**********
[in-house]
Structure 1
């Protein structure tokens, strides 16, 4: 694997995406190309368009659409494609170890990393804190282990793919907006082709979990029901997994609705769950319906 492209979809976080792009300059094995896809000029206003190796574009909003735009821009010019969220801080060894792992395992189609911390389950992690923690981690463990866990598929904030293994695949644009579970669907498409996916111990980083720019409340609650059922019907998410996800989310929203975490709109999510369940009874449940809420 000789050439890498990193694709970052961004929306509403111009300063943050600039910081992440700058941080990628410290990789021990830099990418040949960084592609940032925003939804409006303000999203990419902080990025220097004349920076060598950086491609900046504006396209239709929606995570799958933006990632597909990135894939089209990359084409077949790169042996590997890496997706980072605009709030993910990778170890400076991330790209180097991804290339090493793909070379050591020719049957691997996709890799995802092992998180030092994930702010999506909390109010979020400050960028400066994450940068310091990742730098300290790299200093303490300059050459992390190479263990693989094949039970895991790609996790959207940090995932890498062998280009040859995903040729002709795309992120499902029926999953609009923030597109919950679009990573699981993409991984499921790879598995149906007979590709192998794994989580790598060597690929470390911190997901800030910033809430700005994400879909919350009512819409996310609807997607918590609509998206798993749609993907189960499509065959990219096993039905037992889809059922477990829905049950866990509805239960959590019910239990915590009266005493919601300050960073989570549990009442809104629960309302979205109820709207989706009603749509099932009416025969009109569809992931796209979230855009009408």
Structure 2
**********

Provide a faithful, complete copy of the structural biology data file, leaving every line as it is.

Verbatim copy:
[in-house]
Structure 1
């Protein structure tokens, strides 16, 4: 694997995406190309368009659409494609170890990393804190282990793919907006082709979990029901997994609705769950319906 492209979809976080792009300059094995896809000029206003190796574009909003735009821009010019969220801080060894792992395992189609911390389950992690923690981690463990866990598929904030293994695949644009579970669907498409996916111990980083720019409340609650059922019907998410996800989310929203975490709109999510369940009874449940809420 000789050439890498990193694709970052961004929306509403111009300063943050600039910081992440700058941080990628410290990789021990830099990418040949960084592609940032925003939804409006303000999203990419902080990025220097004349920076060598950086491609900046504006396209239709929606995570799958933006990632597909990135894939089209990359084409077949790169042996590997890496997706980072605009709030993910990778170890400076991330790209180097991804290339090493793909070379050591020719049957691997996709890799995802092992998180030092994930702010999506909390109010979020400050960028400066994450940068310091990742730098300290790299200093303490300059050459992390190479263990693989094949039970895991790609996790959207940090995932890498062998280009040859995903040729002709795309992120499902029926999953609009923030597109919950679009990573699981993409991984499921790879598995149906007979590709192998794994989580790598060597690929470390911190997901800030910033809430700005994400879909919350009512819409996310609807997607918590609509998206798993749609993907189960499509065959990219096993039905037992889809059922477990829905049950866990509805239960959590019910239990915590009266005493919601300050960073989570549990009442809104629960309302979205109820709207989706009603749509099932009416025969009109569809992931796209979230855009009408």
Structure 2